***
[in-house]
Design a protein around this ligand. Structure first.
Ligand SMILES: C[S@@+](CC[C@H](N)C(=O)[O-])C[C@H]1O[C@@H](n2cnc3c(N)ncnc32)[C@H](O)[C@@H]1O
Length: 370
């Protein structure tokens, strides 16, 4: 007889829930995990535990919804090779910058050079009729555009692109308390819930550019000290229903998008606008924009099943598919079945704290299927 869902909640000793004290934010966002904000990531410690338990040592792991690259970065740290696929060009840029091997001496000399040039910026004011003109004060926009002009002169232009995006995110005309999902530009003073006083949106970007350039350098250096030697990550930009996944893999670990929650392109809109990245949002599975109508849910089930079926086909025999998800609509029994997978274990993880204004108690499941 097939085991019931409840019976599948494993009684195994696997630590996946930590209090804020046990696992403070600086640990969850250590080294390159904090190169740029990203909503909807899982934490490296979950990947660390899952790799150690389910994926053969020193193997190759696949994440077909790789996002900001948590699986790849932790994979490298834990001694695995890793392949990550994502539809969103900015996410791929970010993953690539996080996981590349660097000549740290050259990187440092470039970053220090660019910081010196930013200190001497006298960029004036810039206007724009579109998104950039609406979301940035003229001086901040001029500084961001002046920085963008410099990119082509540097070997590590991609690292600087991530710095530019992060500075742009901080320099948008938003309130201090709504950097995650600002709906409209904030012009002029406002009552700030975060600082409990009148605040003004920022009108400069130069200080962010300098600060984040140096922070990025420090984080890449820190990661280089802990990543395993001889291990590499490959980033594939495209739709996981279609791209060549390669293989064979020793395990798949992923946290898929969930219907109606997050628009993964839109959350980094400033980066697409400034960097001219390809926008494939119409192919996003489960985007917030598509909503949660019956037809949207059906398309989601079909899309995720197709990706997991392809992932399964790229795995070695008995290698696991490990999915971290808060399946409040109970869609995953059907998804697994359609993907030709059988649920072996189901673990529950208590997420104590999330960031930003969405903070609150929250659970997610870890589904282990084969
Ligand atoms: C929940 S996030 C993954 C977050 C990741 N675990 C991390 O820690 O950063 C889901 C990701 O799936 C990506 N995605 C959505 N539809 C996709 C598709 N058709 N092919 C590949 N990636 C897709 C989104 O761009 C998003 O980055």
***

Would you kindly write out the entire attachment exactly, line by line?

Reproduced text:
[in-house]
Design a protein around this ligand. Structure first.
Ligand SMILES: C[S@@+](CC[C@H](N)C(=O)[O-])C[C@H]1O[C@@H](n2cnc3c(N)ncnc32)[C@H](O)[C@@H]1O
Length: 370
């Protein structure tokens, strides 16, 4: 007889829930995990535990919804090779910058050079009729555009692109308390819930550019000290229903998008606008924009099943598919079945704290299927 869902909640000793004290934010966002904000990531410690338990040592792991690259970065740290696929060009840029091997001496000399040039910026004011003109004060926009002009002169232009995006995110005309999902530009003073006083949106970007350039350098250096030697990550930009996944893999670990929650392109809109990245949002599975109508849910089930079926086909025999998800609509029994997978274990993880204004108690499941 097939085991019931409840019976599948494993009684195994696997630590996946930590209090804020046990696992403070600086640990969850250590080294390159904090190169740029990203909503909807899982934490490296979950990947660390899952790799150690389910994926053969020193193997190759696949994440077909790789996002900001948590699986790849932790994979490298834990001694695995890793392949990550994502539809969103900015996410791929970010993953690539996080996981590349660097000549740290050259990187440092470039970053220090660019910081010196930013200190001497006298960029004036810039206007724009579109998104950039609406979301940035003229001086901040001029500084961001002046920085963008410099990119082509540097070997590590991609690292600087991530710095530019992060500075742009901080320099948008938003309130201090709504950097995650600002709906409209904030012009002029406002009552700030975060600082409990009148605040003004920022009108400069130069200080962010300098600060984040140096922070990025420090984080890449820190990661280089802990990543395993001889291990590499490959980033594939495209739709996981279609791209060549390669293989064979020793395990798949992923946290898929969930219907109606997050628009993964839109959350980094400033980066697409400034960097001219390809926008494939119409192919996003489960985007917030598509909503949660019956037809949207059906398309989601079909899309995720197709990706997991392809992932399964790229795995070695008995290698696991490990999915971290808060399946409040109970869609995953059907998804697994359609993907030709059988649920072996189901673990529950208590997420104590999330960031930003969405903070609150929250659970997610870890589904282990084969
Ligand atoms: C929940 S996030 C993954 C977050 C990741 N675990 C991390 O820690 O950063 C889901 C990701 O799936 C990506 N995605 C959505 N539809 C996709 C598709 N058709 N092919 C590949 N990636 C897709 C989104 O761009 C998003 O980055």